Swept, by Dale Brockman Davis, 1970

Dale Brockman Davis Swept, 1970

Medium: Mixed media
Dimensions: 30 x 40 x 6 in. (76.2 x 101.6 x 15.2 cm)
Credit Line: Blocker Collection. Photo by Ed Glendinning

This work prominently features a broom, which leans against part of an old screen door. The broom's bristles are wrapped in folded leather, and there is a section of wall next to it that has vertical striations, seemingly made from clay, which has partially worn away and chipped. Within African American culture, brooms are frequently used in wedding ceremonies, in a tradition referred to as "jumping the broom." This custom began during slavery, when black couples were not allowed to marry in a church. Instead, the bride and groom would jump together over a broomstick, symbolically leaping into their new life. With the multilayered Swept, Davis also recalls phrases such as "swept under the rug" and "swept away," thereby inviting metaphorical readings of this work—for instance, as alluding to the marginalization of black artists at the time.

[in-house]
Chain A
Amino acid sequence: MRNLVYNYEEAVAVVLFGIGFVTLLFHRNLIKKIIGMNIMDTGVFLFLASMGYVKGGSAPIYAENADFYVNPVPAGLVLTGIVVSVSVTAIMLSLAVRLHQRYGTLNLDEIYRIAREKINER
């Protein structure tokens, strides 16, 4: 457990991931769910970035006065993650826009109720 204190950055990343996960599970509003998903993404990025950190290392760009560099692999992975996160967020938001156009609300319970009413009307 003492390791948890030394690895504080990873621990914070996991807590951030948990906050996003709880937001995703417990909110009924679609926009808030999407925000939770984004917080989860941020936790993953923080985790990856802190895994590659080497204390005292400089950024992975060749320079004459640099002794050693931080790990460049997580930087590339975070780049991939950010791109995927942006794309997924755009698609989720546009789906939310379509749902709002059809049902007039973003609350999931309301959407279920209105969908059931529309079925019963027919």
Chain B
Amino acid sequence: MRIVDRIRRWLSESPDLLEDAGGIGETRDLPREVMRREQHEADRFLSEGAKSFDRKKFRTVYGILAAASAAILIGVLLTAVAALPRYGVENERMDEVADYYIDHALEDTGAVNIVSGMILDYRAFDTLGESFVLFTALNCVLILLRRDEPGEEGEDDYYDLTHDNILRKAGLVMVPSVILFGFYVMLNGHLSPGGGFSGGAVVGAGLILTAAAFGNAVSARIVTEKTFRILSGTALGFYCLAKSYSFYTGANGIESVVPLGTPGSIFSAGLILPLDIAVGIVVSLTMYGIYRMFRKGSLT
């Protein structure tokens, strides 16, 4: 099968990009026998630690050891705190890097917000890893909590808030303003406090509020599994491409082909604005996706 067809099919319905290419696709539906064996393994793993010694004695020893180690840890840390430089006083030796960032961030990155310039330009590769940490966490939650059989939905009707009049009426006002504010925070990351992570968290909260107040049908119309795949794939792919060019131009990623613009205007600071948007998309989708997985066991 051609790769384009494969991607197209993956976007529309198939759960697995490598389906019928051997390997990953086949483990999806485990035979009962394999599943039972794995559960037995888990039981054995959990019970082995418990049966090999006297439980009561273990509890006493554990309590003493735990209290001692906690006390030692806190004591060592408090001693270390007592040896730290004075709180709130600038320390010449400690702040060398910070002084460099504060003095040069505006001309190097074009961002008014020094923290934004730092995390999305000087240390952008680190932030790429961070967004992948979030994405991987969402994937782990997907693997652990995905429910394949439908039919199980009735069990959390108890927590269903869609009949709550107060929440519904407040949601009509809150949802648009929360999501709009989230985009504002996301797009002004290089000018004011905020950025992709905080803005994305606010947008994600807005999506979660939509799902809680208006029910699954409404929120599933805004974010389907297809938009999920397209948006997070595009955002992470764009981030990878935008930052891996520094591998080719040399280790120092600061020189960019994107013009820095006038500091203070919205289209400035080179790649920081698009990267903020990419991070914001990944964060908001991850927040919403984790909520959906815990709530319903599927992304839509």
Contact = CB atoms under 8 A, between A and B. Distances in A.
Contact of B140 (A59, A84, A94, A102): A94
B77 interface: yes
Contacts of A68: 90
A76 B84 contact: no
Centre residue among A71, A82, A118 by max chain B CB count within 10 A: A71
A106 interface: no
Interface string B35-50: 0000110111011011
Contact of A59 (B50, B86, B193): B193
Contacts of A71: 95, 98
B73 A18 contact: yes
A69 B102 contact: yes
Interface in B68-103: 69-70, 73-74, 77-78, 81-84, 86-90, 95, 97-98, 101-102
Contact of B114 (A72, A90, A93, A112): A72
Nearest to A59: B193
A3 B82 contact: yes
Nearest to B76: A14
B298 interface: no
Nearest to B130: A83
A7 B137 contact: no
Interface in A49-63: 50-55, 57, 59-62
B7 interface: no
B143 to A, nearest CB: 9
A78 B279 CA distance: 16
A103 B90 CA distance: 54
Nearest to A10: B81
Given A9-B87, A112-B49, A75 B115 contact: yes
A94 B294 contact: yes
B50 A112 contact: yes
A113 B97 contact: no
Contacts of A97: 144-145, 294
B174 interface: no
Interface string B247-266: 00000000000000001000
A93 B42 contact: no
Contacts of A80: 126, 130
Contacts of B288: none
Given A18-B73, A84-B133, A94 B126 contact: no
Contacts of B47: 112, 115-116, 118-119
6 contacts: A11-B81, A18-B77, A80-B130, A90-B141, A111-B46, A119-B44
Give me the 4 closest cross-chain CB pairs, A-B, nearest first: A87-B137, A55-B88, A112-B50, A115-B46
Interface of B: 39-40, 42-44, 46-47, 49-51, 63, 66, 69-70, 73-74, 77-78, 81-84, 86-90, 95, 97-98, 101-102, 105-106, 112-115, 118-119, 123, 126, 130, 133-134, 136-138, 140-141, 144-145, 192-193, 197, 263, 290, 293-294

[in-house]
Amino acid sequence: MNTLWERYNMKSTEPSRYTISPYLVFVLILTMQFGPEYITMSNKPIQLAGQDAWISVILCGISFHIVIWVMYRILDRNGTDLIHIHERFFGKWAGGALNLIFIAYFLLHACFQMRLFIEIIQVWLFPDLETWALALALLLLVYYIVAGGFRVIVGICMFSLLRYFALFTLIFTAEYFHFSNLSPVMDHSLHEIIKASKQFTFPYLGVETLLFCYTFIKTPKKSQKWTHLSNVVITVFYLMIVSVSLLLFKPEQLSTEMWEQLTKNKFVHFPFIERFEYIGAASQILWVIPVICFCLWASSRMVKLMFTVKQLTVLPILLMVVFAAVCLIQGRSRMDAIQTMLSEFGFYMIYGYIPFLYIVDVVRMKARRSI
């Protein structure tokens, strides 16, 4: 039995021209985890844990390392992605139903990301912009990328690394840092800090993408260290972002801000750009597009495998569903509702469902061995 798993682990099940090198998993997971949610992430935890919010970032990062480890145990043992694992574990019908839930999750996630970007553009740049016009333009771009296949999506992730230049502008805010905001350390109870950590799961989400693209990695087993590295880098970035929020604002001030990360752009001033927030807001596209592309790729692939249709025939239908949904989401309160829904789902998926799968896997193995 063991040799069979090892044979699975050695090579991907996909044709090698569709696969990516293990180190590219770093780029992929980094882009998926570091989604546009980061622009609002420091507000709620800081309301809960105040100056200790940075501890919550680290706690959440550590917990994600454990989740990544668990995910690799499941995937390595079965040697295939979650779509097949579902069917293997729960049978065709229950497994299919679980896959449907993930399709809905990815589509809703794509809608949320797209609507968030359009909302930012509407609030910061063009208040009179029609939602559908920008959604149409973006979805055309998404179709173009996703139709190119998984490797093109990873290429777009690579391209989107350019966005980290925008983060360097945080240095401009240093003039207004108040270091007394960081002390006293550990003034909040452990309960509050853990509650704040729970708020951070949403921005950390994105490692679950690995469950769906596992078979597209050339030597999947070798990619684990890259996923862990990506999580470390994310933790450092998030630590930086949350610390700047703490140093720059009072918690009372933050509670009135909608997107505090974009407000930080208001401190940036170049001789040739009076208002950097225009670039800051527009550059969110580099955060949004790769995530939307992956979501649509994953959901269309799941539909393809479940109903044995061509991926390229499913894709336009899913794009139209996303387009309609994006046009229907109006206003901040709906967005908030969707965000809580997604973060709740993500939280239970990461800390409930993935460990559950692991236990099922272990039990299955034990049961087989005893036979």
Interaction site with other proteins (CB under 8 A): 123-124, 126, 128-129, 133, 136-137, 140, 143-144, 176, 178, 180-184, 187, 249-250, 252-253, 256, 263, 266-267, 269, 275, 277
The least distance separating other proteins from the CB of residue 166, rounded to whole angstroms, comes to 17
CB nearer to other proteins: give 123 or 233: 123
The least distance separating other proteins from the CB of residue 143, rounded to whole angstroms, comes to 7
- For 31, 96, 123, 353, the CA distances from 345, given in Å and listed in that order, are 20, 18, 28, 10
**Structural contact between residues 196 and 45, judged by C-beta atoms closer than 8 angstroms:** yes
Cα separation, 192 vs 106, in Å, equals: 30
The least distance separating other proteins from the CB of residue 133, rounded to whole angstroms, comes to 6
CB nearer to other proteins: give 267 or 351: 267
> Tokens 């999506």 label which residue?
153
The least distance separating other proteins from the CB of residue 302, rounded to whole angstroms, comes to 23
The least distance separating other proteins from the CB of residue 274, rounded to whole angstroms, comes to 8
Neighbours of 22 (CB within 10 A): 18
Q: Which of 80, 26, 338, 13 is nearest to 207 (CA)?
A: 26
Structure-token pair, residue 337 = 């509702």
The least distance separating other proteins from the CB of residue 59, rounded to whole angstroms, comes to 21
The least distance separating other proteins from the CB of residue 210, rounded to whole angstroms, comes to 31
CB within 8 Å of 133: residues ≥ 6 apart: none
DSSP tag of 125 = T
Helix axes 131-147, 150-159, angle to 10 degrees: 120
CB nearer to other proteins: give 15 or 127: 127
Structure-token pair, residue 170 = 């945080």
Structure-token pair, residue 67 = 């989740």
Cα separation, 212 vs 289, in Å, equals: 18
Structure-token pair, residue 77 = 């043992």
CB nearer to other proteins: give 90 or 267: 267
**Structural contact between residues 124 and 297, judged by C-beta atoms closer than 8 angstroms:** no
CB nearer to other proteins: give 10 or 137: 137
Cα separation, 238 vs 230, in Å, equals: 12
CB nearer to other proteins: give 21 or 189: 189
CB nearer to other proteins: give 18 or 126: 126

Chicago Manual of Style
citation for this page
"Swept." Now Dig This! Art in Black Los Angeles, 1960–1980 Digital Archive. Los Angeles: Hammer Museum, 2016. https://hammer.ucla.edu/now-dig-this/art/swept.